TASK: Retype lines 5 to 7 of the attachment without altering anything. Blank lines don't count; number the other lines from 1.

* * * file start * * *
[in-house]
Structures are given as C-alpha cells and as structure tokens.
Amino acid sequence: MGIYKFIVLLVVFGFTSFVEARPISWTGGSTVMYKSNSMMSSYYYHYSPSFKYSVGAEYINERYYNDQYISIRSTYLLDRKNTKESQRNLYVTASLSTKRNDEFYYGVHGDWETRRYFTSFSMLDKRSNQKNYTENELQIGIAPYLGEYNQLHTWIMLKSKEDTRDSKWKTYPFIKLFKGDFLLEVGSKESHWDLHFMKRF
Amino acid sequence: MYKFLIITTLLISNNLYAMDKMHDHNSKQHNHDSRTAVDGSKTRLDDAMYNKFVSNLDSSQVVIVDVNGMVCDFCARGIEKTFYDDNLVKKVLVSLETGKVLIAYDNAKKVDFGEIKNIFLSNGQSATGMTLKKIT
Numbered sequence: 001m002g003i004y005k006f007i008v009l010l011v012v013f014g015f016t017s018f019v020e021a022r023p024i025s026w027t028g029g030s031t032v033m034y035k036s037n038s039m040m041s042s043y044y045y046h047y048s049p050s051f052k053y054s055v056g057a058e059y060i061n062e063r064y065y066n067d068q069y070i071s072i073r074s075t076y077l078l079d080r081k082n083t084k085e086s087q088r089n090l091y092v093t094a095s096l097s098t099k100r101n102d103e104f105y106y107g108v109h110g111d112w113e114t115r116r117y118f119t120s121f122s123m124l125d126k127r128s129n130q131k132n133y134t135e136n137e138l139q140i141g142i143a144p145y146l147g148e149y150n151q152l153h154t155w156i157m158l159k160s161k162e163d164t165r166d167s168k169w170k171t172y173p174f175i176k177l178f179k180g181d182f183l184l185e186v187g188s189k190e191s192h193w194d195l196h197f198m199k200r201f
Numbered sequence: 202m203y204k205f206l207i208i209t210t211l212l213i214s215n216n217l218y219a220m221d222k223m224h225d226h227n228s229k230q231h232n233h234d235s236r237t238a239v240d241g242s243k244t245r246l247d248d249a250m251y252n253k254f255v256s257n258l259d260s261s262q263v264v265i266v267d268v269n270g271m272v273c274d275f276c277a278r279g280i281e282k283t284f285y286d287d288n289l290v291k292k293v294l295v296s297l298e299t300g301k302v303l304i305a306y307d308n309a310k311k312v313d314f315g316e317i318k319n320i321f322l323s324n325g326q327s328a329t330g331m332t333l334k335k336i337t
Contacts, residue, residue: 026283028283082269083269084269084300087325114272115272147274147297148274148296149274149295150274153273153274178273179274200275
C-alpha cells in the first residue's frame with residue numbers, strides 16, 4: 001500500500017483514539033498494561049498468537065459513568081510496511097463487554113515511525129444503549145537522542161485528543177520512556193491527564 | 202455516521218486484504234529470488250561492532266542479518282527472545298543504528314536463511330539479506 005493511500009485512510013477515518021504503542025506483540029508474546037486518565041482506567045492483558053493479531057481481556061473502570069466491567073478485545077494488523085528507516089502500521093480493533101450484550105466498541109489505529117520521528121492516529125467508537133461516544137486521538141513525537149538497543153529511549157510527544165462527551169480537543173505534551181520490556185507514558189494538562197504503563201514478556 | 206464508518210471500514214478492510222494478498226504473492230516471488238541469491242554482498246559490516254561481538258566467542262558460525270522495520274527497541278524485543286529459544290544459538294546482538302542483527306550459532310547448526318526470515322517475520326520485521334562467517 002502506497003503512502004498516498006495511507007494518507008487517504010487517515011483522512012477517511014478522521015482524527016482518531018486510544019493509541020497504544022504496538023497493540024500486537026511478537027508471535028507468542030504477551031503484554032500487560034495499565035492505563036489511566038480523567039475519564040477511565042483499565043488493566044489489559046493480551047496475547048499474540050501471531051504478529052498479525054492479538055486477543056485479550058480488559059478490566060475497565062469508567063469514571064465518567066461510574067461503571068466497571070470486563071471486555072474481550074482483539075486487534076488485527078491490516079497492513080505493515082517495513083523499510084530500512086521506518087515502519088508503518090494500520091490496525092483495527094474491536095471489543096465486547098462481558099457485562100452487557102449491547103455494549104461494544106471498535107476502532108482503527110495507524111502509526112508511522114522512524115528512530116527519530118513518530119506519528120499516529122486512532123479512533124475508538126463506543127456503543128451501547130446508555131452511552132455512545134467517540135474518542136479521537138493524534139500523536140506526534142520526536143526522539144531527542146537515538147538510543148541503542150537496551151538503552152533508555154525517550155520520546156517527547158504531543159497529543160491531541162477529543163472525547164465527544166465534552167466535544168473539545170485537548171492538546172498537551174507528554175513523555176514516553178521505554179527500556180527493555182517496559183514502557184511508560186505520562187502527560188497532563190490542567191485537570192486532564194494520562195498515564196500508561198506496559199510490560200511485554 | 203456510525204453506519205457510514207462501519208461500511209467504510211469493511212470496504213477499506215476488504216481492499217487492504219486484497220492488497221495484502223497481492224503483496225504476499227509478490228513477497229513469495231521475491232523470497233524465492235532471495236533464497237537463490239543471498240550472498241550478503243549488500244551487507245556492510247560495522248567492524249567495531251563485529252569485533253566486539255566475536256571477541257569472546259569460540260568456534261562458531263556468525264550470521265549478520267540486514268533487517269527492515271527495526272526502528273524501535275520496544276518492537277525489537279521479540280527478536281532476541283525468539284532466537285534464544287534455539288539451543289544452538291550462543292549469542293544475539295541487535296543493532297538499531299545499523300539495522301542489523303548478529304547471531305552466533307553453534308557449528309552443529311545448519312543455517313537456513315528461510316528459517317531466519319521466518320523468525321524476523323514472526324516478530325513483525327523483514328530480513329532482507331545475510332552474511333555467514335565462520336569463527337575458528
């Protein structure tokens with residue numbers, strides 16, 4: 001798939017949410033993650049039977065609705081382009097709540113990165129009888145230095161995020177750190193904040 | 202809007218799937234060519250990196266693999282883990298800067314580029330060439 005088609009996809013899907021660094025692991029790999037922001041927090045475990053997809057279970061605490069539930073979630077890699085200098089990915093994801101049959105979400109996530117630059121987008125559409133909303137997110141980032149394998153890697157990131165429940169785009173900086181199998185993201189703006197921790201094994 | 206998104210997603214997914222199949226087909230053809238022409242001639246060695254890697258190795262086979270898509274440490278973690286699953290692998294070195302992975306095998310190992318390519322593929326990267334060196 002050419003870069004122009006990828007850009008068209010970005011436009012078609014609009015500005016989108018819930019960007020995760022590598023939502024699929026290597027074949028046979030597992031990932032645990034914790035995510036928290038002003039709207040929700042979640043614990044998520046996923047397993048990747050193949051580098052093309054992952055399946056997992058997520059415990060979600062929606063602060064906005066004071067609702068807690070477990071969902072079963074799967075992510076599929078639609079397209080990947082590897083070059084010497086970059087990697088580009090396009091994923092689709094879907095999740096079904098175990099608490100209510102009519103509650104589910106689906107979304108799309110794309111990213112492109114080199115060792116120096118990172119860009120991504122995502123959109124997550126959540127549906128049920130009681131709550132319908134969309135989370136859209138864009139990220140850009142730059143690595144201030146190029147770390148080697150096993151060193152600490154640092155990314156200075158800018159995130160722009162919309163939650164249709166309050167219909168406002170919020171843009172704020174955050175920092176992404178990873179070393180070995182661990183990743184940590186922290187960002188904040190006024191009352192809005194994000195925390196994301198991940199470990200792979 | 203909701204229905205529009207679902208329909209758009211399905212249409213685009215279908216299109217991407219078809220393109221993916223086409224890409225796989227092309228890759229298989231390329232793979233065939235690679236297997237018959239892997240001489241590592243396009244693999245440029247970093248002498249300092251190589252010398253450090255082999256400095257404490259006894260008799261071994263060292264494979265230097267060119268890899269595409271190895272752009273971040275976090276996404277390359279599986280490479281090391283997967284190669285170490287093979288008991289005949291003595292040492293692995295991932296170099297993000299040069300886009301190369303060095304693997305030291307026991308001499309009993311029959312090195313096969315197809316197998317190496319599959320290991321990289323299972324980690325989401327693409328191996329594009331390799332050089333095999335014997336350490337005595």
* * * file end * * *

Numbered sequence: 001m002g003i004y005k006f007i008v009l010l011v012v013f014g015f016t017s018f019v020e021a022r023p024i025s026w027t028g029g030s031t032v033m034y035k036s037n038s039m040m041s042s043y044y045y046h047y048s049p050s051f052k053y054s055v056g057a058e059y060i061n062e063r064y065y066n067d068q069y070i071s072i073r074s075t076y077l078l079d080r081k082n083t084k085e086s087q088r089n090l091y092v093t094a095s096l097s098t099k100r101n102d103e104f105y106y107g108v109h110g111d112w113e114t115r116r117y118f119t120s121f122s123m124l125d126k127r128s129n130q131k132n133y134t135e136n137e138l139q140i141g142i143a144p145y146l147g148e149y150n151q152l153h154t155w156i157m158l159k160s161k162e163d164t165r166d167s168k169w170k171t172y173p174f175i176k177l178f179k180g181d182f183l184l185e186v187g188s189k190e191s192h193w194d195l196h197f198m199k200r201f
Numbered sequence: 202m203y204k205f206l207i208i209t210t211l212l213i214s215n216n217l218y219a220m221d222k223m224h225d226h227n228s229k230q231h232n233h234d235s236r237t238a239v240d241g242s243k244t245r246l247d248d249a250m251y252n253k254f255v256s257n258l259d260s261s262q263v264v265i266v267d268v269n270g271m272v273c274d275f276c277a278r279g280i281e282k283t284f285y286d287d288n289l290v291k292k293v294l295v296s297l298e299t300g301k302v303l304i305a306y307d308n309a310k311k312v313d314f315g316e317i318k319n320i321f322l323s324n325g326q327s328a329t330g331m332t333l334k335k336i337t
Contacts, residue, residue: 026283028283082269083269084269084300087325114272115272147274147297148274148296149274149295150274153273153274178273179274200275